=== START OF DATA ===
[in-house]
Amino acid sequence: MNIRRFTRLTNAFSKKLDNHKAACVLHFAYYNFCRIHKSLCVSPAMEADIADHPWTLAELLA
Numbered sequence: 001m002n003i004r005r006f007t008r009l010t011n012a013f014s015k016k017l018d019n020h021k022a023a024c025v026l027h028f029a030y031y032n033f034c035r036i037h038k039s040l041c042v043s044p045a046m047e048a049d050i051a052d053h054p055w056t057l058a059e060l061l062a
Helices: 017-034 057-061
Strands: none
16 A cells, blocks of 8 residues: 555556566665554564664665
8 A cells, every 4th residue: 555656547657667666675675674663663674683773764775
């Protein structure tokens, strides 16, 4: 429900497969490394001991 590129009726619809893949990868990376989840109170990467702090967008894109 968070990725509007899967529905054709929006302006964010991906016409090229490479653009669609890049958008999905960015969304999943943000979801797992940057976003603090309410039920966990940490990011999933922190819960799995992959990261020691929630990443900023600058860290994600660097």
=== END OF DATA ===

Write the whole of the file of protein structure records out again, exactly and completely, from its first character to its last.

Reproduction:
[in-house]
Amino acid sequence: MNIRRFTRLTNAFSKKLDNHKAACVLHFAYYNFCRIHKSLCVSPAMEADIADHPWTLAELLA
Numbered sequence: 001m002n003i004r005r006f007t008r009l010t011n012a013f014s015k016k017l018d019n020h021k022a023a024c025v026l027h028f029a030y031y032n033f034c035r036i037h038k039s040l041c042v043s044p045a046m047e048a049d050i051a052d053h054p055w056t057l058a059e060l061l062a
Helices: 017-034 057-061
Strands: none
16 A cells, blocks of 8 residues: 555556566665554564664665
8 A cells, every 4th residue: 555656547657667666675675674663663674683773764775
């Protein structure tokens, strides 16, 4: 429900497969490394001991 590129009726619809893949990868990376989840109170990467702090967008894109 968070990725509007899967529905054709929006302006964010991906016409090229490479653009669609890049958008999905960015969304999943943000979801797992940057976003603090309410039920966990940490990011999933922190819960799995992959990261020691929630990443900023600058860290994600660097």